“Now it’s unpredictable”: Young people face climate change in Papua New Guinea
Growing up on an island, Kim Allen is acutely aware of climate change.
“I can see vividly what coastal erosion can do,” he says. “It’s the displacement of communities.”
Allen grew up on Tubetube Island, part of the Engineer Islands, located off the southeast coast of Papua New Guinea (PNG). Leaving his home at the age of 12 for educational pursuits, he returned several years later to find that the coastline from his childhood had washed away.
Allen’s experience is the story of PNG’s coastal communities, who face an uncertain future as climate change brings about sea level rise, increased inland water salinity, and the loss of marine life.
Giving the example of food insecurity, Allen points to changing weather patterns and rising salinity as causing hunger in PNG. People used to know how to predict when it would be rainy, or sunny, or when to harvest, but “now it’s unpredictable,” he says.
Allen, now an Assistant Communications Officer with the USAID Papua New Guinea Lukautim Graun Program, which roughly translates to “biodiversity conservation,” uses his experiences to advocate for Papua New Guineans affected by climate change, especially communities dependent on forestry and marine resources. This includes focusing on youth.
“Youth have the potential and the power,” he explains, as he talks about tapping into the potential of the country’s youth to help solve PNG’s most pressing issues.
His work with the United Nations Development Programme (UNDP) and USAID has included educating young people about climate change and conservation, including school awareness projects about tree planting and coastal cleanups, which reached around 5,000 students.
In 2019, Allen was one of two PNG youth representatives to travel to New York City to participate in youth and policy discussions at the United Nations Economic and Social Council (ECOSOC) Youth Forum. He was also part of a youth delegation that traveled to Fiji to attend the Regional Young Leaders Dialogue on Good Governance and Human Rights, with discussions about the issues Pacific-island youth face, including climate change.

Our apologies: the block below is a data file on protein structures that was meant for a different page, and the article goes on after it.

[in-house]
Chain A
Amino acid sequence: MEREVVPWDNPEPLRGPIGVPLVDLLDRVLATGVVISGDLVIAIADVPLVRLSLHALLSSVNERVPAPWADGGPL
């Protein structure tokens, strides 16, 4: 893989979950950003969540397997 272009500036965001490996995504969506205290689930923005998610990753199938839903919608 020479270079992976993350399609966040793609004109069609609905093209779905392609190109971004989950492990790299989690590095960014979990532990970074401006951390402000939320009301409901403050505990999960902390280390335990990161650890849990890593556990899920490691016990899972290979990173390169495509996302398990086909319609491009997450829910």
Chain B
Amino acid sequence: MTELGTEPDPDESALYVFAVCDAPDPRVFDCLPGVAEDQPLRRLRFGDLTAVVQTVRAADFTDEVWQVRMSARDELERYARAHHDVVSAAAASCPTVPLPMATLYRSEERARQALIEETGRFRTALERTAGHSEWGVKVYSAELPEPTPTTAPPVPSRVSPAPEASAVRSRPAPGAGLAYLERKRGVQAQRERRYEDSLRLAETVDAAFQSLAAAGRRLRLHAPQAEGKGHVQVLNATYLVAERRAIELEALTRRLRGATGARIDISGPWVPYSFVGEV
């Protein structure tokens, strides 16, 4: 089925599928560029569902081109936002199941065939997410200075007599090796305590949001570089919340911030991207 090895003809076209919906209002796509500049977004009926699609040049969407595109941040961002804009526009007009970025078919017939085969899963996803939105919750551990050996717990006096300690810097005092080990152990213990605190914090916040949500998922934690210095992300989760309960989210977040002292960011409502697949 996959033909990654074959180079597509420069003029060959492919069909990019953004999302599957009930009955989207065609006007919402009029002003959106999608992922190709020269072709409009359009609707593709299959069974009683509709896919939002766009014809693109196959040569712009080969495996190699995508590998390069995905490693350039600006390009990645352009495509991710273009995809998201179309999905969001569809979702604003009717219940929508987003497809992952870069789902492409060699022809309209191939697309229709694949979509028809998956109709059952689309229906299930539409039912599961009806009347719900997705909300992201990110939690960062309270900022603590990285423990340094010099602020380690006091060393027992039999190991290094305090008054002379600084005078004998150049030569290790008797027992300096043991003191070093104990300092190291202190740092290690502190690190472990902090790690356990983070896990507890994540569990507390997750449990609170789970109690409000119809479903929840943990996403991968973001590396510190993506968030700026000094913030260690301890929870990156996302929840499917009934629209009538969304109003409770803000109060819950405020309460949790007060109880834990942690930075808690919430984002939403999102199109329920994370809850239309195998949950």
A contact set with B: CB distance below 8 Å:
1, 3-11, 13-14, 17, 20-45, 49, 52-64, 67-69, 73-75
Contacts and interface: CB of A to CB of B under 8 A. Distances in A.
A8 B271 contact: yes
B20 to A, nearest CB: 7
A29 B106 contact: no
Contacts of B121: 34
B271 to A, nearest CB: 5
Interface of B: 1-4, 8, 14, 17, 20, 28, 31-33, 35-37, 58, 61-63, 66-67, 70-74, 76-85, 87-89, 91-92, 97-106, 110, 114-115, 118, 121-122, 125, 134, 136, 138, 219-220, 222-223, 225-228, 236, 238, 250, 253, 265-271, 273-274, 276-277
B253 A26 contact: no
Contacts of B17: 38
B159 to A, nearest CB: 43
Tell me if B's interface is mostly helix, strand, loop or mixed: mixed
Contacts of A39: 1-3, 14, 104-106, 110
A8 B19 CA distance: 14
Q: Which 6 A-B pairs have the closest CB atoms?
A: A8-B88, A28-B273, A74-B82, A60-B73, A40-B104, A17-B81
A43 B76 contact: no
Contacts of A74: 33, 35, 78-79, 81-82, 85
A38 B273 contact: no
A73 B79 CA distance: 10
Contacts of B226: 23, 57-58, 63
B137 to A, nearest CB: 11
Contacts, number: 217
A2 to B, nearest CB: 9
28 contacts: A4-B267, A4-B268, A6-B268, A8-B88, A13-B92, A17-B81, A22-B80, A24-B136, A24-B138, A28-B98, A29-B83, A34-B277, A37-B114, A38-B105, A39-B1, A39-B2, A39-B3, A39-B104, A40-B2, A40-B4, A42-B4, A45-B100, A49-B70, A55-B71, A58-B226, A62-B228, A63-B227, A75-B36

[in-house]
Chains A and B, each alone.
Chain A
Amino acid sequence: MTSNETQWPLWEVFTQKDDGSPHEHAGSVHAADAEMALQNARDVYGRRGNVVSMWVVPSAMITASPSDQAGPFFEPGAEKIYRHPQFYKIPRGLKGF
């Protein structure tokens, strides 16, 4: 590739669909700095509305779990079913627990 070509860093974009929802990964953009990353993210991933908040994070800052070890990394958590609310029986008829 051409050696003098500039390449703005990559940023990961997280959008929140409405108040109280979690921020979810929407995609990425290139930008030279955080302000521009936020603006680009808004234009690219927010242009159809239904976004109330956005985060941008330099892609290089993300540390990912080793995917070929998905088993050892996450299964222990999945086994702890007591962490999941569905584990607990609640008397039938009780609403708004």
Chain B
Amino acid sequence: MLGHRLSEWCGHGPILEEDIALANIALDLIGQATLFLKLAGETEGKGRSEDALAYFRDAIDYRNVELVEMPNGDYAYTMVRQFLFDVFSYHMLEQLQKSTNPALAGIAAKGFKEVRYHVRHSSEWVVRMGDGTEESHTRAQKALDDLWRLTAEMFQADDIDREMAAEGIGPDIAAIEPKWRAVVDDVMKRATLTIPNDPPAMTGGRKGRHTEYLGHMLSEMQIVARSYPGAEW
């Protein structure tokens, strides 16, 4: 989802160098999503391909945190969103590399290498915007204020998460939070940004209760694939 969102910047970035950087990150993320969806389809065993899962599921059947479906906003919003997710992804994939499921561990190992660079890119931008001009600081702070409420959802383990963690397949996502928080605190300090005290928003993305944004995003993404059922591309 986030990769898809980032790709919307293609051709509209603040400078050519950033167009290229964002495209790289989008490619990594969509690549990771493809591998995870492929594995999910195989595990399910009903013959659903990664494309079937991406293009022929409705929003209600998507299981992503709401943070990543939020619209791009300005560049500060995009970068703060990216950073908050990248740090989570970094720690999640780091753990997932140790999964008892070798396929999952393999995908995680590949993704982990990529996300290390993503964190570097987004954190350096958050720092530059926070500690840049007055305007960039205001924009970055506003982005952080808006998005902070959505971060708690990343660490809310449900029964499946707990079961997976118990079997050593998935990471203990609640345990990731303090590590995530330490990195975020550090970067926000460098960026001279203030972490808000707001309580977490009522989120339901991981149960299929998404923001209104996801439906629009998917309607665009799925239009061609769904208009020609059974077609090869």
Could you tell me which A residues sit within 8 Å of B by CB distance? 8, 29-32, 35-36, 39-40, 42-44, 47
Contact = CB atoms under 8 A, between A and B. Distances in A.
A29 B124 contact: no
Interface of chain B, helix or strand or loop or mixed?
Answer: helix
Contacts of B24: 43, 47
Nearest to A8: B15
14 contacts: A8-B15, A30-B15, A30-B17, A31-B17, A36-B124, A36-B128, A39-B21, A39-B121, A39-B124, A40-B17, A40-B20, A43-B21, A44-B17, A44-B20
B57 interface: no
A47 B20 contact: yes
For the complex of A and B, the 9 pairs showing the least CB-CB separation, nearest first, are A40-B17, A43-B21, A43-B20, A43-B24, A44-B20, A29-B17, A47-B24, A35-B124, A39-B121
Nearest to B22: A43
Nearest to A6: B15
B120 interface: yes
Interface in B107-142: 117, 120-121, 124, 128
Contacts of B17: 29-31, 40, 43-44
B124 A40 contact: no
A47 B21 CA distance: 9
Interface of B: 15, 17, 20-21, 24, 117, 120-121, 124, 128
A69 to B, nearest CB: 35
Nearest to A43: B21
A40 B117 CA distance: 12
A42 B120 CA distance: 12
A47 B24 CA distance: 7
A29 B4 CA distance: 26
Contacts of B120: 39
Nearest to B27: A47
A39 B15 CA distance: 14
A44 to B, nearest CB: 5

In addition to his advocacy and policy work, Allen looks to the people of PNG, especially the youth, as a source of hope for combatting climate change.
For example, traditional systems, upheld by local communities, often include conservation efforts.
One such system comes from the coastal regions, which are dependent on the ocean for food and livelihoods. Community-led decisions manage overfishing by rotating where and when fishing can take place. Marine biodiversity is maintained by allowing fish and other marine stocks to replenish themselves.
“We have internal solutions” he says, while observing that leaders often fail to see the potential found in PNG itself, including young people. “PNG is labelled as a developing country, but we contribute immensely to the reduction of greenhouse gas emissions.”
While communities and young people are mobilizing to develop solutions, Allen explains that their perspectives often fail to reach national-level policy conversations.
“We need the political will to elevate their voices,” he notes.
Additionally, Allen calls for more education and awareness so that young people understand climate change and climate policy, including the translation of policy into practical actions.
“We are interconnected with the environment and that gives us hope,” he says. “We look after the environment and the environment looks after us.”